The gunman opened fire at a military processing center at Fort Hood, killing one civilian and 12 soldiers, said Col. John Rossi, deputy commanding general at Fort Hood.

Twenty-eight people are still hospitalized and in stable condition, Rossi said at a news conference Friday morning. Hasan is the sole suspect in the shootings, Rossi said.
It always astonishes me how one single individual can permanently change the life paths of so many people.

Al my hopes!


Thursday, November 05, 2009

Back to the Health Care Debate

Its end of the quarter in SPPS, so between work and home things are still a bit hectic. Anyway, here is a Cagle Treat to keep you amused.

Tuesday, November 03, 2009

Election Day 09, School Board and Mayoral No Brainer

I got home from Iowa to a leaky water heater, a stubborn Stove and other assorted issues. Amazing how things decide to rear their ugly heads when you are away. So, needless to say, I have been quite busy.

But nothing can stop the election process and I needed to make a couple decisions, one of which is still up in the air.


It is clear that no one can continue what needs to be done in our fair city other than the current office holder. I'll be first to admit I was not happy with some of the decisions he made, especially the attempt to shut down both the closest rec center AND the closest library to my home. But what was refreshing is community input was allowed, and adjustments were made, and the library survived at least for now. But it was when the Mayor stopped by the garage this past Summer that really stuck in my memory.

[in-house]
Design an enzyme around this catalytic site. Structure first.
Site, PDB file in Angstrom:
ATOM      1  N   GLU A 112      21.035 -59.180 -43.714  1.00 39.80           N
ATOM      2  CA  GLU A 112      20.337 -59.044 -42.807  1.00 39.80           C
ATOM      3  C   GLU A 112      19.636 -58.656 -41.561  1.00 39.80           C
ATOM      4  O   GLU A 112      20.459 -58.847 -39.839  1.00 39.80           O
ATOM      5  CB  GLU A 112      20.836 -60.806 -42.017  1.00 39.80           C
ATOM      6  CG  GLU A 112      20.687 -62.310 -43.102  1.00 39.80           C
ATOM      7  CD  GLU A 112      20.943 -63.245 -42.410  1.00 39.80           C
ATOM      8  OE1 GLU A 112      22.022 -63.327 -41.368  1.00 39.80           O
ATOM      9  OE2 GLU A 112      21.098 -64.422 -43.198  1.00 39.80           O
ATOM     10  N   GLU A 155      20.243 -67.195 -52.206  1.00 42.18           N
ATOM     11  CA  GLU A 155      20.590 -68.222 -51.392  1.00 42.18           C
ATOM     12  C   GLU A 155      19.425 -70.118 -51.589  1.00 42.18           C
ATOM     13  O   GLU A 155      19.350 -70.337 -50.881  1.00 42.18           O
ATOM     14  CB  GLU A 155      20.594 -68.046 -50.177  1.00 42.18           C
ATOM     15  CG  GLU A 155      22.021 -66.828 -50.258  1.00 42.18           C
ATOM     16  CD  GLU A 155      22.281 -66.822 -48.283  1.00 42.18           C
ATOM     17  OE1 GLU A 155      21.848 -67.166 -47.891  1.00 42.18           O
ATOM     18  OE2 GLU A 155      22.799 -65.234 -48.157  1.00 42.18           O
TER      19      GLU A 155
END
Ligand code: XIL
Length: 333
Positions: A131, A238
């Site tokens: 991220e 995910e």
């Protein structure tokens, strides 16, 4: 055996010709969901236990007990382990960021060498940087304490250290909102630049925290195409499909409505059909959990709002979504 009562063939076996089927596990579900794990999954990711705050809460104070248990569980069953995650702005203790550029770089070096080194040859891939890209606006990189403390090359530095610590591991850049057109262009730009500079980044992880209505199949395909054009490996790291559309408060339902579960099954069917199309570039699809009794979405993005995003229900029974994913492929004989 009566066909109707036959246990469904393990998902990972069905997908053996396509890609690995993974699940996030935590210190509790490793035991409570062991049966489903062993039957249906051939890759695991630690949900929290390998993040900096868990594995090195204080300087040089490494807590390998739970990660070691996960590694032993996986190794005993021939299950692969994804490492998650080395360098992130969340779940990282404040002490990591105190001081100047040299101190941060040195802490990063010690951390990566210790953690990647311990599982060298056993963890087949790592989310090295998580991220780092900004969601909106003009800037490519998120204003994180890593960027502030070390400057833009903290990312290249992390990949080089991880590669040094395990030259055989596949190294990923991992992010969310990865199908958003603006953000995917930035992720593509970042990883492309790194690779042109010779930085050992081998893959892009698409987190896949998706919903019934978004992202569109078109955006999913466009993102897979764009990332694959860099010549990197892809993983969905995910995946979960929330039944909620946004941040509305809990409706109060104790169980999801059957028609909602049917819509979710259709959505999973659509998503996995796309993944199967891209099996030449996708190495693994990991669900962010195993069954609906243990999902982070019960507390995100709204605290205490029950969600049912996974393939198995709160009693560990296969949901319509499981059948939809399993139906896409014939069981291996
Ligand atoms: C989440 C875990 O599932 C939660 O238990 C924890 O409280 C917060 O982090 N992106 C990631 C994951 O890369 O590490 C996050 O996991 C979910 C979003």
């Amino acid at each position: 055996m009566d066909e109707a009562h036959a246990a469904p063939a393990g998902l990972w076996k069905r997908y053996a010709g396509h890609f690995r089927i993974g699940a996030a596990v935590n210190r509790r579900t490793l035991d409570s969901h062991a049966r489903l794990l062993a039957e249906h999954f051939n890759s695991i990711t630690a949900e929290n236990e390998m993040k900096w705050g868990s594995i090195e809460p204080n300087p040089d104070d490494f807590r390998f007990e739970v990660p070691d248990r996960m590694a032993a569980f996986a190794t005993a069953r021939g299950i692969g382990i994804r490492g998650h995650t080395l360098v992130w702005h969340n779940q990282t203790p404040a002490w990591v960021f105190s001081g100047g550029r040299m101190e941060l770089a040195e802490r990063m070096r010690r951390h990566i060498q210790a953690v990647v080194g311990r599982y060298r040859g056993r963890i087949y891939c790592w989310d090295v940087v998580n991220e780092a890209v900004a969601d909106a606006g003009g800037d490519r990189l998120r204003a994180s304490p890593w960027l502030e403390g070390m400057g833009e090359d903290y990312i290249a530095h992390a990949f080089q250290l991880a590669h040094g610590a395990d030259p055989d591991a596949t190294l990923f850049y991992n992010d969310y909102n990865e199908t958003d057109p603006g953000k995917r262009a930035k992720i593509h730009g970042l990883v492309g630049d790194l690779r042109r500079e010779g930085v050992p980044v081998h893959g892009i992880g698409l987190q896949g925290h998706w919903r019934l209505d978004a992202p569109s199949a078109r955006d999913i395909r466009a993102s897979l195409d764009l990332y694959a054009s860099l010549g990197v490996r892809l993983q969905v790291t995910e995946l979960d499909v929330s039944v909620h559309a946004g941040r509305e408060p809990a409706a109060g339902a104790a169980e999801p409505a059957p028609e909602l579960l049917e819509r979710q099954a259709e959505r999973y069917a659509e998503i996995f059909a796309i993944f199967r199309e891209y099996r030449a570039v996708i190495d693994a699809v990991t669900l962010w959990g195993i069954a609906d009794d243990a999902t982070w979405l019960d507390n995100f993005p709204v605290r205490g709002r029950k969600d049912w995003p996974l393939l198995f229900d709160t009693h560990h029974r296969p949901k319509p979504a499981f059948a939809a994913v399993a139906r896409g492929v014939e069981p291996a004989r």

I had a few folks over, and the mayor was on his way home from a prior engagement. He was able to sneak in for a visit. My son, a senior at Central, came home from Friday Night rec and struck up a conversation with Mr. Coleman. I saw the mayor sincerely engaged in what he was hearing from this young person, and my son offering up some of the frustration he was having with the cuts, and things he would like to see happen. THAT is how a mayor should be. Mingling with the citizens, farming ideas, and implementing the best to make this city better.

My vote today is for Mayor Chris Coleman.


As an employee of the district I have to admit my frustration at the amount of time being spent on internal issues, without addressing serious and specific concerns going on within the schools. Gobbs of money being spent on a Superintendent search when there is a strong pool of candidates right here in our back yard. Millions of dollars being spent on 'Cultural Proficiency' training without any acknowledgment to the true problem of inconsistent parental involvement.

This district needs to engage parents at least as much as the students. All the training in the world won't do any good if you can't get the parents on board. At a time of fiscal tumult, the priorities of the current Board as it relates to how they spend money is just short of embarrassing. That is why I see the need to get some fiscal control in place. The district has enough money, they are just spending it on the wrong priorities.

Tom Conlon will be missed on this board, and there is no better candidate on the ballot to replace him then Pat Igo. With that, I am also going to pull the lever for John Krenik, another GOP endorsed candidate.

I am supporting the re-election of John Borderick and am still undecided on the 3rd vote. I am leaning Chris Connor but may just leave it at two.

There is a nice set of mini bios that can be found at TCDailyPlanet.

If you want to twist my arm for that 3rd Board spot, have at it in the comments.

So this Moderate is sticking with the DFL Mayor, and voting for two GOP Board members and re-electing a Dem. Now THAT'S balance!